Hundreds of trail runners struck out to tackle the DC Peaks 50 Ultramarathon in Utah. The off-road faithful knew they had 12,000 feet of climbing ahead of them, but none of them expected to be pulled from the trail during a crushing blizzard just over 18 miles into the 50-mile race. The Utah ultra rescue included 87 runners helped down from Francis Peak and Farmington Canyon.
Officials suspended the race after 12-18 inches of snow fell by 9:30 a.m. Weather reports only called for 1-2 inches. Rescue crews brought runners out on snowmobiles and in four-wheel-drive vehicles near Aid Station 2 along the trail route. Local hunters who knew the race was happening actually left the woods to help bring runners down in their pickup trucks.
Jordan Stewart was one of the 87 runners who were rescued from the trail. An accomplished ultramarathon runner, Stewart had been recording video of the race to document the experience. He was able to capture just how quickly the blizzard came in on the trail runners and how dangerous the situation was.
Most participants had foul weather gear given the forecast, which doesn’t necessarily help in a blinding snowstorm at more than 6,600 feet of elevation; a small number were caught in less. Some runners were treated for hypothermia by medical personnel, but no serious injuries were reported.
“There was a group of us, and we were about a mile or a mile-and-a-half away from the first aid station,” Stewart said. “One of the race directors was running along the trail backwards, trying to find people, make sure that we were doing okay, and letting everyone know to stay in groups and that the race was canceled. He was counting us as he went along because he knew how many had started.”
According to the race’s website, the DC Peaks 50 Ultramarathon is a challenging course with approximately 12,000 feet of vertical gain and 10,000 feet of descent with trails that offer the best views in the area. Davis County ultra runners designed the race, feeling the region needed a 50 miler.
Ultramarathons are road or trail races that are longer than the traditional 26.2-mile marathon distance and generally exceed 31 miles (50 kilometers). Thousands of gluttons for punishment flock to dozens of ultras across the country every year during all seasons.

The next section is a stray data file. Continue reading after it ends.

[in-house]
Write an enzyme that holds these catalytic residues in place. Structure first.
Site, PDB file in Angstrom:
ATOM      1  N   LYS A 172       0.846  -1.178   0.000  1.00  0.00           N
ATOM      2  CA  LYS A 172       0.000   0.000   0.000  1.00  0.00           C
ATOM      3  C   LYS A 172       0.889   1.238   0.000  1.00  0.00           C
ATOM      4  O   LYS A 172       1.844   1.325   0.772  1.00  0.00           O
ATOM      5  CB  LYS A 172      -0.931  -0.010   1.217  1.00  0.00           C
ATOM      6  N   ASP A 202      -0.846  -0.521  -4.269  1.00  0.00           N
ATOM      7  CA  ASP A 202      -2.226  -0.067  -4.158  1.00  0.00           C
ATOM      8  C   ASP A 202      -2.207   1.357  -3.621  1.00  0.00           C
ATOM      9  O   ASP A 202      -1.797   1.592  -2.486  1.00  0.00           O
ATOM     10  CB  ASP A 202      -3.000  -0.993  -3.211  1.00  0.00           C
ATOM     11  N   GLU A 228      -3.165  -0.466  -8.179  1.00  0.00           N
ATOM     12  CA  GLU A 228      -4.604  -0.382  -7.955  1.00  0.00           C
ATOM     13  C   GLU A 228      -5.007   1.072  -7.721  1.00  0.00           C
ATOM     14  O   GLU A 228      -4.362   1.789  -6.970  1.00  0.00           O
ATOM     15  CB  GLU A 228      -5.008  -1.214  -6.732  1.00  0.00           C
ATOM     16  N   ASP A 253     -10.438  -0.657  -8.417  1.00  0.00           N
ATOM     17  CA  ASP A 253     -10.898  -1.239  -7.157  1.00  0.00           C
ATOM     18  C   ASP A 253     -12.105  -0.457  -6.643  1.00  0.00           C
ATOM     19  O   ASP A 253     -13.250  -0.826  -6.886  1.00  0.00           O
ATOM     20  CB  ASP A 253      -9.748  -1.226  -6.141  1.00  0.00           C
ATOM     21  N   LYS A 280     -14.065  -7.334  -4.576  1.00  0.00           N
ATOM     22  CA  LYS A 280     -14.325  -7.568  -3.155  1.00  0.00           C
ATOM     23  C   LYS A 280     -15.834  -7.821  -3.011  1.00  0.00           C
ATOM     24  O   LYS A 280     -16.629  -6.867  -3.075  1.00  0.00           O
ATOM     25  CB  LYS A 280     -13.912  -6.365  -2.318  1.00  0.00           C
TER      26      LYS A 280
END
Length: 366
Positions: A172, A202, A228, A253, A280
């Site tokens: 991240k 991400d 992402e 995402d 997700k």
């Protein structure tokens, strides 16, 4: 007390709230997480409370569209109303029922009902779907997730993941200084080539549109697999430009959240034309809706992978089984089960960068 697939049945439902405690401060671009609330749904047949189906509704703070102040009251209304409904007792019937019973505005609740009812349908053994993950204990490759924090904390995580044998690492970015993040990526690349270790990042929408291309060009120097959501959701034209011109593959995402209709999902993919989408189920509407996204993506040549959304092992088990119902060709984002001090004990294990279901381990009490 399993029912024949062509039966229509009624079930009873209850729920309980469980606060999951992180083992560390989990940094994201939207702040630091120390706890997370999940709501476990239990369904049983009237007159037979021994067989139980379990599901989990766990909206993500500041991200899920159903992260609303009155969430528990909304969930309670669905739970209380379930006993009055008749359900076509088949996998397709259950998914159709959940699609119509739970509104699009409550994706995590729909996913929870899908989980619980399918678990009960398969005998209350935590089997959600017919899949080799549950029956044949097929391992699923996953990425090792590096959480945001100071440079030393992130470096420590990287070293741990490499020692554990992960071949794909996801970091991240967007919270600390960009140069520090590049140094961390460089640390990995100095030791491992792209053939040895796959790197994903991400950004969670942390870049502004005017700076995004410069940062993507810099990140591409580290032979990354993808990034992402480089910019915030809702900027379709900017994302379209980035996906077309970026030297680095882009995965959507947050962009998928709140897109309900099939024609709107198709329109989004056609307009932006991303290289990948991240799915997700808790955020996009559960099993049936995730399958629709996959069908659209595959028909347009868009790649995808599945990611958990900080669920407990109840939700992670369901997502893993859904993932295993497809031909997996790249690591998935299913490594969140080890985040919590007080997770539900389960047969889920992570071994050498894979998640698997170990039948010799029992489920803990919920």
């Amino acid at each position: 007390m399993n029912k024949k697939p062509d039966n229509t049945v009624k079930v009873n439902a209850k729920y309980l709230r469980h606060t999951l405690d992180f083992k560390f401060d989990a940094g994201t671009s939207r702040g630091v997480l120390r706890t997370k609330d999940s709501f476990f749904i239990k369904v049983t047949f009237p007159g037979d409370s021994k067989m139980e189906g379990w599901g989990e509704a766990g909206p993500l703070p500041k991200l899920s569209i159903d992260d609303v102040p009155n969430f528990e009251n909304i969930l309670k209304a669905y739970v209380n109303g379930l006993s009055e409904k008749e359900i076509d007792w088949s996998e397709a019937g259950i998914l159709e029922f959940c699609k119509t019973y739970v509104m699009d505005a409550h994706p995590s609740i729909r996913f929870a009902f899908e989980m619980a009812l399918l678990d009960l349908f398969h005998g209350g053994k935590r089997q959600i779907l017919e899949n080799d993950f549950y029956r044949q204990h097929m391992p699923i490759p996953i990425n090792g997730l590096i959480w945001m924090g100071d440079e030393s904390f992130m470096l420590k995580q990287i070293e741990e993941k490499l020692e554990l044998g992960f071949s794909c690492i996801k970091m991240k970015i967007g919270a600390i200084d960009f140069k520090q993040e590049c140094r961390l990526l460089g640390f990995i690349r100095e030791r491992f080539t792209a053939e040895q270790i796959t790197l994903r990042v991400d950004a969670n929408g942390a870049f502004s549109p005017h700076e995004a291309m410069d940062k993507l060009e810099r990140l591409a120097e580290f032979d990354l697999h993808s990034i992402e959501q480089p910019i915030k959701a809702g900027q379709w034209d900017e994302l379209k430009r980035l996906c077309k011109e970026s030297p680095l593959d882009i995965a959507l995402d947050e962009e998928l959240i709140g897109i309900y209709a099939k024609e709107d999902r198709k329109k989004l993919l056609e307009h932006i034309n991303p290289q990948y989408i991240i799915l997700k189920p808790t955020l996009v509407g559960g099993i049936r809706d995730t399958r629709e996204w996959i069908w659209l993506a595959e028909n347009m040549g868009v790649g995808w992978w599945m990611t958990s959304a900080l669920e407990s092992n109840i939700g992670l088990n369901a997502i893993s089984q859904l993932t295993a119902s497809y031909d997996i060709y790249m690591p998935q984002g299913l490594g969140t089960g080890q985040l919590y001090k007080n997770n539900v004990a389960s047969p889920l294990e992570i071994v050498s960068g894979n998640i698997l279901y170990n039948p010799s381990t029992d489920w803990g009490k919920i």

While their popularity has exploded over the last decade, these extreme long-distance competitions have been around since 1837, beginning with the first recorded 89-kilometer (55.3 miles) London-to-Brighton race in England. There has been a 1,000% increase in the number of races globally in the past decade alone, and participation growth of 345%, from 34,401 ultrarunners in 1996 to 611,098 in 2018.
Each ultra has its own draw and marquee challenge, aside from the gutwrenching distance. The Hard Rock 100 has 66,000 feet of climbing to go with its 100-mile distance. The Barkley Marathons incorporates land navigation and an oddball treasure hunt, of sorts, along its 100-mile course. The Badwater 135 starts at the lowest elevation in the US, Badwater Basin in Death Valley, California, and finishes on the highest peak in the continental US: Mount Whitney.
Long-distance runners don’t expect non-runners to understand.
Ultra athletes go into races mentally and physically prepared for the conditions that they’ll likely face. Unfortunately, a brutal snowstorm wasn’t on the contingency plan for this year’s DC Peaks ultra runners, and it simply proved to be too much.
“I didn’t want to unzip my coat to get to the food that I had with me,” Stewart said. “I was watching people stop just to put on an extra layer, and they’d start shaking. The wind was absolutely relentless. It was so cold, and the snow hurt your legs.”
Kelly Sparks of the Davis County Sheriff’s Office reinforced the importance of preparation for events like this beyond the standard endurance training.
“Venturing onto the mountains, trails, and bodies of water at this time of year can be dangerous because the weather changes rapidly, and conditions can quickly become life-threatening,” Sparks told a local news station. “Even a mild rain in the valley can translate to blizzard conditions at higher elevations.”
Even with all the suffering, Stewart and other runners didn’t feel defeated.
“Everyone got off that mountain safely,” he added. “Yeah, we were a little underprepared, but that was part of the experience, and I think we all walked away excited to try again next year.”
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